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11

CPR 46.9(3) | Informed Consent In Solicitors Act Detailed Assessments

Master Victoria McCloud (sitting as a Deputy Costs Judge in the SCCO) determined preliminary issues in the course of a detailed assessment proceeding under the Solicitors Act 1974, namely:
whether the entirety of the solicitors’ fees were incurred with the client’s consent in the sum claimed; or, alternatively
if not whether at least the level of success fee was incurred with consent.

12

Points Of Dispute In Solicitor And Client Assessments | It’s In The Detail

This was an appeal from a decision of Master Gordon-Saker made in the course of detailed assessment proceedings brought under s70 Solicitors Act 1974. The Master had summarily dismissed the claimant’s points of dispute on work done on documents, on grounds that they did not further the overriding objective. Specifically, the points of dispute were not, “to the point”. They did not summarise all of the particular objections to the specific points which the claimant wished to advance at the hearing so that the court and the defendant knew or knew sufficiently the case the defendant had to meet.

13

The relevance of costs estimates where no reliance is shown

Another important reminder of the importance of giving your client the best costs information possible throughout the life of your retainer. In this case the senior costs judge Master Gordon-Saker determined at first instance that notwithstanding the fact that the former client had not placed any reliance on any of the estimates provided to it by the solicitors, and acknowledging that unforeseen work had been undertaken, he was entitled to use the estimate as a yardstick in determining the reasonable costs payable as between solicitor and client. On appeal, Ms Clare Ambrose (Sitting as a Deputy Judge of the High Court) declined to interfere with this decision.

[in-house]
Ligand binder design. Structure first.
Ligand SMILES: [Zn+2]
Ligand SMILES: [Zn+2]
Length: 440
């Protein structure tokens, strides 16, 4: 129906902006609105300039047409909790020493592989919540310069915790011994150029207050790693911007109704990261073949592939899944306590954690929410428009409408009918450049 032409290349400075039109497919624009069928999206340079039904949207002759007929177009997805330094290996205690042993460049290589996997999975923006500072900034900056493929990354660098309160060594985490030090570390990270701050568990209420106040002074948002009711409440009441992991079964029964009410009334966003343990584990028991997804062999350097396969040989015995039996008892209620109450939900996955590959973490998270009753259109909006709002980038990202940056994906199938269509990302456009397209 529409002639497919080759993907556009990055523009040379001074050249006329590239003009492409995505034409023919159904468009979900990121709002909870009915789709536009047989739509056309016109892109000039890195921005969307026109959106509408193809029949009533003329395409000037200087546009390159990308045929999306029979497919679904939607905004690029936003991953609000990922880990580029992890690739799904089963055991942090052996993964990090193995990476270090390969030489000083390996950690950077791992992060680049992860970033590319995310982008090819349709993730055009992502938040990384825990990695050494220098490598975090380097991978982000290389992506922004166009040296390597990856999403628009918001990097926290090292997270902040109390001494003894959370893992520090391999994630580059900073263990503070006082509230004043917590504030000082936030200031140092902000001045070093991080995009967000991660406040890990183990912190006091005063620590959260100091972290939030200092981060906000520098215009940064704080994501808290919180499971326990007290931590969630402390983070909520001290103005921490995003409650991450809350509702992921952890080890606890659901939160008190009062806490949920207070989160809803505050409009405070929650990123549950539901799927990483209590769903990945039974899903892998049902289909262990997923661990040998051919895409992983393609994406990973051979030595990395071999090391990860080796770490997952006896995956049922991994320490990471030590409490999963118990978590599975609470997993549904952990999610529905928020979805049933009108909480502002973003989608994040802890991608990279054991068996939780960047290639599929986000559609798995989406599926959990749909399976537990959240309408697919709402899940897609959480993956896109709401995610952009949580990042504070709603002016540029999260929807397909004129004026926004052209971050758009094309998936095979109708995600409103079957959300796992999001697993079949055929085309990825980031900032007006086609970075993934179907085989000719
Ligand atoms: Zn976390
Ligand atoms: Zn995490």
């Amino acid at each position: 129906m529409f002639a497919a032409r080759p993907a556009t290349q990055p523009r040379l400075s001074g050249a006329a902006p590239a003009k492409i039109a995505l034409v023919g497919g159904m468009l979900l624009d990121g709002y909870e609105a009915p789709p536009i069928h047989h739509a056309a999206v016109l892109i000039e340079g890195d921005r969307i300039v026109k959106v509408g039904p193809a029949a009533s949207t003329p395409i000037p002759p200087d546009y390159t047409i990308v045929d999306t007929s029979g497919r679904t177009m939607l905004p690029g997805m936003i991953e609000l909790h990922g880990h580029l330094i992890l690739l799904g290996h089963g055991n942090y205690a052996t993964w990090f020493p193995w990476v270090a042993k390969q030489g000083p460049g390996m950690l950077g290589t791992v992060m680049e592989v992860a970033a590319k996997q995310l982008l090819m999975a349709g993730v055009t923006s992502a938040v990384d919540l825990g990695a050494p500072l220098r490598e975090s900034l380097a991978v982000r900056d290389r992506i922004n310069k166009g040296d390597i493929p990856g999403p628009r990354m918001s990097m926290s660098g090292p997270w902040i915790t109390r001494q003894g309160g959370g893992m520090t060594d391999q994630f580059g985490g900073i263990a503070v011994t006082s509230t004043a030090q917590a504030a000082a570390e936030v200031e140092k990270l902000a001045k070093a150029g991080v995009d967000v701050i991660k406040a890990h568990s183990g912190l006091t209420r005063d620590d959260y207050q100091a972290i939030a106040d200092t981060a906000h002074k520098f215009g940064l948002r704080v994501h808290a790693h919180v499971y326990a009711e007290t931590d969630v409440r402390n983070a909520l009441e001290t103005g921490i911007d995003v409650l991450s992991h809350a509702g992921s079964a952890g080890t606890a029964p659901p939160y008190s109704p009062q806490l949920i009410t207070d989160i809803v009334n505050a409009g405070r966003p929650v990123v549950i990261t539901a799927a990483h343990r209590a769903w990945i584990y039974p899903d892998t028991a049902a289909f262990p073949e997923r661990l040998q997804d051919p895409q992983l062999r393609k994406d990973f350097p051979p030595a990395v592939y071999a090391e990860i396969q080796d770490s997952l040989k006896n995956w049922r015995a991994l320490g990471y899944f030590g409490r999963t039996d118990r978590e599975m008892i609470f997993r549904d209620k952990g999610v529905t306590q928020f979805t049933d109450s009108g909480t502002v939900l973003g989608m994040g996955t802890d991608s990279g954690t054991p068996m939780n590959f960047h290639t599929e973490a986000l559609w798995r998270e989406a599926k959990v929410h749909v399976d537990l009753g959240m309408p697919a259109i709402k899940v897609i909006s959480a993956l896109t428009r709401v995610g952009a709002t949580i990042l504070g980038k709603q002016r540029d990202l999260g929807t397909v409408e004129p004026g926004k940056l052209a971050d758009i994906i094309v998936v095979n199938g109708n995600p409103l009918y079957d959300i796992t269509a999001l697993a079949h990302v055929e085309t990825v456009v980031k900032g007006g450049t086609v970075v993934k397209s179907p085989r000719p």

15

Solicitors entitled to enforce costs incurred under a CFA against client who rejected their advice

Managing a client’s expectations in litigation can be difficult. Where there is no CFA, the client has the privilege of being able to ignore his/her solicitors’ advice, holding out for whatever result they desire, however unrealistic, or simply having their day in court. However, what can you do about a client who refuses to accept your advice about making a settlement offer when acting under a CFA?